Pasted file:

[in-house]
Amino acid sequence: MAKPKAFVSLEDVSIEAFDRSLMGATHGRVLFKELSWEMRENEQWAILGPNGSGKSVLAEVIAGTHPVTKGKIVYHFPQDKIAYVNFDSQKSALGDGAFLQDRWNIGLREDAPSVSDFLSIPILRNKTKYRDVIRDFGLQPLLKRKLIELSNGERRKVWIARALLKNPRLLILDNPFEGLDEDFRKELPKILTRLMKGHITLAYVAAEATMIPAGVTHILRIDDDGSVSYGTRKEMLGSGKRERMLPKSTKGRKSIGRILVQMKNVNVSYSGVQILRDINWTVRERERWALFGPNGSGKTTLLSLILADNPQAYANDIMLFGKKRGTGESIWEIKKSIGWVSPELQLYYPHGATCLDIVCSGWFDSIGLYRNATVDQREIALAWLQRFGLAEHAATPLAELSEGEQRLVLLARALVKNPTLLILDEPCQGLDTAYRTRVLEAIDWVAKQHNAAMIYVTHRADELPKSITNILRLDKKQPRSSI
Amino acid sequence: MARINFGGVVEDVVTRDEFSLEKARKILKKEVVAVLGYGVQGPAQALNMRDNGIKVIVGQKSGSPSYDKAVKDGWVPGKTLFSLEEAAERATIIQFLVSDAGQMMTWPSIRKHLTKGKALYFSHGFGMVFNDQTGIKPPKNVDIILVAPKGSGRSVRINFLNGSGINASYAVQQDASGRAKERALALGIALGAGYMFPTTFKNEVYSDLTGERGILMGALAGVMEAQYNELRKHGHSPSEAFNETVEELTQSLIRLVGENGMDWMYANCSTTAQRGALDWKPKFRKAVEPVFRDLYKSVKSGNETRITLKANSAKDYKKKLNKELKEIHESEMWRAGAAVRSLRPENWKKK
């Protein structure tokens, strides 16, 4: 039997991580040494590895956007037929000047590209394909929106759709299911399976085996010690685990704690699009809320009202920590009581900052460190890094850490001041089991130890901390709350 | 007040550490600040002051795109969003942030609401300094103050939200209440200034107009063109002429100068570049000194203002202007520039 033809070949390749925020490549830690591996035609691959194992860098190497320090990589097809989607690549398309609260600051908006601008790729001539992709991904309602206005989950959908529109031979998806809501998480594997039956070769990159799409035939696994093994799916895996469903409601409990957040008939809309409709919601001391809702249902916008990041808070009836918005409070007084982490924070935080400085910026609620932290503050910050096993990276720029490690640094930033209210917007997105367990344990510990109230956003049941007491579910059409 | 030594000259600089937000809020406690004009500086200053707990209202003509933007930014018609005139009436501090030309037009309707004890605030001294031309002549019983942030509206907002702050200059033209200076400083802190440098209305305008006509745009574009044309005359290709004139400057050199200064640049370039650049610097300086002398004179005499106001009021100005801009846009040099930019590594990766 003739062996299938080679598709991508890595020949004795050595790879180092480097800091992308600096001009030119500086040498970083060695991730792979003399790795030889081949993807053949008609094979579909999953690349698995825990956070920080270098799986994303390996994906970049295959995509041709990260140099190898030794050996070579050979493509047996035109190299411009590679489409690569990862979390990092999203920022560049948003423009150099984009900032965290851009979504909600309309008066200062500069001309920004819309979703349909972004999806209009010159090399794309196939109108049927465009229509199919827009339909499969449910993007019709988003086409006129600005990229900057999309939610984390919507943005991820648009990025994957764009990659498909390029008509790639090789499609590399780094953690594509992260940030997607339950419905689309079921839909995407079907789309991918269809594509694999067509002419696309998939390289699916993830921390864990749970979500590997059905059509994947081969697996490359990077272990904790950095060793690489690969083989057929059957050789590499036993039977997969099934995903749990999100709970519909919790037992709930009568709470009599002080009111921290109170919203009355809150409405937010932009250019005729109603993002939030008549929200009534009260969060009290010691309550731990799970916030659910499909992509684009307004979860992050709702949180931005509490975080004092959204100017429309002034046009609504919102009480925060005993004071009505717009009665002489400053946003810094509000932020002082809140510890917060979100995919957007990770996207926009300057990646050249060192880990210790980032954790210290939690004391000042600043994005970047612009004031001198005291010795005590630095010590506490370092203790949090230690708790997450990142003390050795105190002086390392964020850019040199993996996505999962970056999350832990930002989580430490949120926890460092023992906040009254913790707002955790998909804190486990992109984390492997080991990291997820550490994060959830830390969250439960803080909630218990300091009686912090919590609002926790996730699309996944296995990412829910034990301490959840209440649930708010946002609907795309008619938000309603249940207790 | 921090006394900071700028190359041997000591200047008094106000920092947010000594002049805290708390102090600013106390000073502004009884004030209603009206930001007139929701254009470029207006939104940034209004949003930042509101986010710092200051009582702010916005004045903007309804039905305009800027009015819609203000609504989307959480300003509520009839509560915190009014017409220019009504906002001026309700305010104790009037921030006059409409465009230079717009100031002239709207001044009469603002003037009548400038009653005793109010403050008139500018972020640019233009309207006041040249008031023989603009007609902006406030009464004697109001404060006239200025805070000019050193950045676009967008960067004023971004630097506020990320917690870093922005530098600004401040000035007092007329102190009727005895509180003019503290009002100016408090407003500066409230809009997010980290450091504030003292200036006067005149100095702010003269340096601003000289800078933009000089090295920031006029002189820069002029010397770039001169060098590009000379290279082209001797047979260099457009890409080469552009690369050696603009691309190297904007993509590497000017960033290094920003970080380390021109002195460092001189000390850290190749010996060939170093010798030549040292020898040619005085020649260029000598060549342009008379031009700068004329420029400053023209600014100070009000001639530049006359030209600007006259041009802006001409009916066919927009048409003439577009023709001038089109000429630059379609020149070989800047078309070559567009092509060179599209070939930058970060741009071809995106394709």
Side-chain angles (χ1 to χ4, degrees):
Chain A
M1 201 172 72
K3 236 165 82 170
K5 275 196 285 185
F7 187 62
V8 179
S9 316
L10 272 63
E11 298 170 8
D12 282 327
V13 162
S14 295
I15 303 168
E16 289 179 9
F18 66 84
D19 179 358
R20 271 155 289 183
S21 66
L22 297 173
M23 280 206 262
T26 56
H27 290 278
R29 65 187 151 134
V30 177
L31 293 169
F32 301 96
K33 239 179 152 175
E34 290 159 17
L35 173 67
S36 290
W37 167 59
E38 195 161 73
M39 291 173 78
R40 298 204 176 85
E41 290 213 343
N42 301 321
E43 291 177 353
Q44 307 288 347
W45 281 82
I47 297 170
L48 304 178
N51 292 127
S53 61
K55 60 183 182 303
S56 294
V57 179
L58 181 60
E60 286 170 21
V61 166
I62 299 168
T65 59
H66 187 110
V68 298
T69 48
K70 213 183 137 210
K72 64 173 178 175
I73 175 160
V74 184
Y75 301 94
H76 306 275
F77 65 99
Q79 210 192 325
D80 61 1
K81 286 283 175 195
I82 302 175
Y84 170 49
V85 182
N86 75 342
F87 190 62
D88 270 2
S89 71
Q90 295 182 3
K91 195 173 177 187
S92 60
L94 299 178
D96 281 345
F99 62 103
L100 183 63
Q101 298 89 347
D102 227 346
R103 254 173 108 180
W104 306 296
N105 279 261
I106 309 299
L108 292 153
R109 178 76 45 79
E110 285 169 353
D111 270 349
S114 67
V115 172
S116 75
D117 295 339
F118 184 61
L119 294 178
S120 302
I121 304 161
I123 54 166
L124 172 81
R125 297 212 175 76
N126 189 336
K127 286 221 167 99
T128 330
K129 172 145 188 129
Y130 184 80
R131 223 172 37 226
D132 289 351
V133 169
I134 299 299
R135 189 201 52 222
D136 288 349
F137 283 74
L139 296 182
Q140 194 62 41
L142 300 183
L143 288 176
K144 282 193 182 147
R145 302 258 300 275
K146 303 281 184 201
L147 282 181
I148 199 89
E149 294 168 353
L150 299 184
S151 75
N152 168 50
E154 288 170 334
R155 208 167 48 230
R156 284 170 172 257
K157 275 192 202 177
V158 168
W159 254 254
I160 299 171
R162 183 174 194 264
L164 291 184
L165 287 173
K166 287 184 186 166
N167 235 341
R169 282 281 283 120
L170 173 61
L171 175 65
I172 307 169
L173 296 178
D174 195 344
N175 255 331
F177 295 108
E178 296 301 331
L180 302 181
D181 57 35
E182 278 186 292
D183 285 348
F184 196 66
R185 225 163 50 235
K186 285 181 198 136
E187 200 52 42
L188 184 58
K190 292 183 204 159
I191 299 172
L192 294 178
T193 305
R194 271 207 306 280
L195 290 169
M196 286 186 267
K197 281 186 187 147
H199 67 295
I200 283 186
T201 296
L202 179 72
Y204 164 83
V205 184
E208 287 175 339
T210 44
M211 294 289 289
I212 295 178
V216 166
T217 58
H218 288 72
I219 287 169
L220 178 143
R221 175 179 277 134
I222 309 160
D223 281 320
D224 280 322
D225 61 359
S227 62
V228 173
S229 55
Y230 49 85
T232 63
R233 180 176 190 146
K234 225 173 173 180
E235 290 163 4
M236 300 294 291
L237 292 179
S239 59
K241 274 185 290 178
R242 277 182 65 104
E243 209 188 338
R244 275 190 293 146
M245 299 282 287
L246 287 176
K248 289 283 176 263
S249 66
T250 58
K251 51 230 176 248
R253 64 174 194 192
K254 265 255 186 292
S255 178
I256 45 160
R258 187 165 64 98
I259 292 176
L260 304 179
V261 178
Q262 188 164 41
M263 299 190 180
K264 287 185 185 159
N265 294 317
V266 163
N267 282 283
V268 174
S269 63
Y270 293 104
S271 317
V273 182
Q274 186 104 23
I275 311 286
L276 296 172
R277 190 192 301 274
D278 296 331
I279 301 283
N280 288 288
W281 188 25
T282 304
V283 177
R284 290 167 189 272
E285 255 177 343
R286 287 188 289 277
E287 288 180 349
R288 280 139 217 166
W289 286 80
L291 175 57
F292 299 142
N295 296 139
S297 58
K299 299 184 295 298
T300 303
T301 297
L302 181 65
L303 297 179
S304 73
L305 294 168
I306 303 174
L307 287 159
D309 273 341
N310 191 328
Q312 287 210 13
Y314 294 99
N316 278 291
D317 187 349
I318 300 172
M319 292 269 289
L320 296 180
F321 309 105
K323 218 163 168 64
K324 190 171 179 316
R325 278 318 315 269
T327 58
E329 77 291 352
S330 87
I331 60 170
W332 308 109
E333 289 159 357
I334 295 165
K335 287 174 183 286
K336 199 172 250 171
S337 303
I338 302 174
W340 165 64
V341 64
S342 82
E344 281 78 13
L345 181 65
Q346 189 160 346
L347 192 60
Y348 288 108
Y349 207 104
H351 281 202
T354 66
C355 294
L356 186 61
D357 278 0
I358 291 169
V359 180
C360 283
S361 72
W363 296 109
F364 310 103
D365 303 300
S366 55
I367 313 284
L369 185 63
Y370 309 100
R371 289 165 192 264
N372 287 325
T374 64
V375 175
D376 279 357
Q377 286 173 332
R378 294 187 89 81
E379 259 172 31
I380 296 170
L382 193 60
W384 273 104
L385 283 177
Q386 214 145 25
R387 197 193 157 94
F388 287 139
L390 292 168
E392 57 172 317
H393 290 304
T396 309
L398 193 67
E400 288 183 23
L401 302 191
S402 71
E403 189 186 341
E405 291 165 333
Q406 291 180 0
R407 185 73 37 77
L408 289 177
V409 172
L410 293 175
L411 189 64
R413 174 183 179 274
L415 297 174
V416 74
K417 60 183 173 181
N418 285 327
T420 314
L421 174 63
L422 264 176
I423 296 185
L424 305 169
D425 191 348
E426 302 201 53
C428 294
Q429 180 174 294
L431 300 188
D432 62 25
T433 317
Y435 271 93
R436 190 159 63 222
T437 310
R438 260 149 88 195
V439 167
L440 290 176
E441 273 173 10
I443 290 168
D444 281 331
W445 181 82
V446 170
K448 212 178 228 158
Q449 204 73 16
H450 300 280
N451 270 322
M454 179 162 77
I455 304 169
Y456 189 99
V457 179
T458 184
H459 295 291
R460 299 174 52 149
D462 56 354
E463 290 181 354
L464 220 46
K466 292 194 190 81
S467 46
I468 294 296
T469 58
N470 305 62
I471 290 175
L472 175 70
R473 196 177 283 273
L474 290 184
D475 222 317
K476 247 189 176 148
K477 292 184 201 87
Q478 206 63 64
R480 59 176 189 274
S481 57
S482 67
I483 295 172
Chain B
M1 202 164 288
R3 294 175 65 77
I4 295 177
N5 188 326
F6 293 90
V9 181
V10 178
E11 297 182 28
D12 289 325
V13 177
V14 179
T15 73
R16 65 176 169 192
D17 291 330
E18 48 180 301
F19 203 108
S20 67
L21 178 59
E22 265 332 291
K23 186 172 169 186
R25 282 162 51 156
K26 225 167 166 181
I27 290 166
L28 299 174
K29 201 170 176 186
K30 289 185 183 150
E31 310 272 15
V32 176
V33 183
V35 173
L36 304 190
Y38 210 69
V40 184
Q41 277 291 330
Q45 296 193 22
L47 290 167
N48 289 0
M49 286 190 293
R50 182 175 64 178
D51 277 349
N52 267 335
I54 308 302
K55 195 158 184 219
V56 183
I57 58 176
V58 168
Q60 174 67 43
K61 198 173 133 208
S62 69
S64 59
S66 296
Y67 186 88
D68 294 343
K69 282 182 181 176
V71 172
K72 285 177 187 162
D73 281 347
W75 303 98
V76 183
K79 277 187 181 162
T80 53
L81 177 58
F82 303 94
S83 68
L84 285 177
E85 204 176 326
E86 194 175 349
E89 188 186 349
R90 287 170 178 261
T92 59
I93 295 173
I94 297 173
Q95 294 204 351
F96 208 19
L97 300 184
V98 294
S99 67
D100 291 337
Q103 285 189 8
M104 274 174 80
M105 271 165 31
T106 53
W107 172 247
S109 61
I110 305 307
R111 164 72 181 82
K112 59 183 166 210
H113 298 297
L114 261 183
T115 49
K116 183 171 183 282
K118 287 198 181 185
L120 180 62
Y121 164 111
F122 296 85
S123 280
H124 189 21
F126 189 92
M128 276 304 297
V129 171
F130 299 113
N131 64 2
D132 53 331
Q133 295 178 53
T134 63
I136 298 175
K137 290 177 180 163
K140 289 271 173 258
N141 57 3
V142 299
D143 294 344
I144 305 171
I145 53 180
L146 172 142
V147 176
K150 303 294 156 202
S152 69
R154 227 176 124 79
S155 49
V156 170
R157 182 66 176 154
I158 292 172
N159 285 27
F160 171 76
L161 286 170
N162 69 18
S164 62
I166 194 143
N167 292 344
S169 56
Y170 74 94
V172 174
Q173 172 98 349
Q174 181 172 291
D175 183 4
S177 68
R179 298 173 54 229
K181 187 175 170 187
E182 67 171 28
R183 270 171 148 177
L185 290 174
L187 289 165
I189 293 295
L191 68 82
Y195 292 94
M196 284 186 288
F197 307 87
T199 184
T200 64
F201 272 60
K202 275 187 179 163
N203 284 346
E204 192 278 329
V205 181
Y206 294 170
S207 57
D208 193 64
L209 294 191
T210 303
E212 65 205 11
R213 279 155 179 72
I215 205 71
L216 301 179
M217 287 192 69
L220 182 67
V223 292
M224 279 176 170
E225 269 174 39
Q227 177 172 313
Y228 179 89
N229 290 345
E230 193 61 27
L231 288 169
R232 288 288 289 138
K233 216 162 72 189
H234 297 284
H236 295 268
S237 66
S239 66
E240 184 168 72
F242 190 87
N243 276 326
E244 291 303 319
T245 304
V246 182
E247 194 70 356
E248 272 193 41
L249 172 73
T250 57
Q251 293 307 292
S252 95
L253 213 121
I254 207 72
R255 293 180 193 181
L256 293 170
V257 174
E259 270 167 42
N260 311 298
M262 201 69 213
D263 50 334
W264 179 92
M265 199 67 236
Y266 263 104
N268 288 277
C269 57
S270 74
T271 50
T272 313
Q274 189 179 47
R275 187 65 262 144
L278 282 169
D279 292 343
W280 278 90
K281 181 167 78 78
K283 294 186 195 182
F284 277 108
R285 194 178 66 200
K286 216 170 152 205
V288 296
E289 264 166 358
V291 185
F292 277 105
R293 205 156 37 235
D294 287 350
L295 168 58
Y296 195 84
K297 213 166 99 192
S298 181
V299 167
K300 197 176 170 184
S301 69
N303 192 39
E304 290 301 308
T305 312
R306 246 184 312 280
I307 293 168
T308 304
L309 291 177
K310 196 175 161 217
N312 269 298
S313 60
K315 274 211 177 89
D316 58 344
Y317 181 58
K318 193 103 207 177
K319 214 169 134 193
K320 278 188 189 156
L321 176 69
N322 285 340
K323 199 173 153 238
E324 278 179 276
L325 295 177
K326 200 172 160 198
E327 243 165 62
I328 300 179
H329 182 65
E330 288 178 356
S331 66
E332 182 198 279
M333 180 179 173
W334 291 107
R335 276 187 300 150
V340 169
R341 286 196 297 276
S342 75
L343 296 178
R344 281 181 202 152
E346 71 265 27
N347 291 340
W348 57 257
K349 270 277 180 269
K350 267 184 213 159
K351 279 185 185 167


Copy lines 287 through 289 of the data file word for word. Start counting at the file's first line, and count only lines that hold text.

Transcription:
L347 192 60
Y348 288 108
Y349 207 104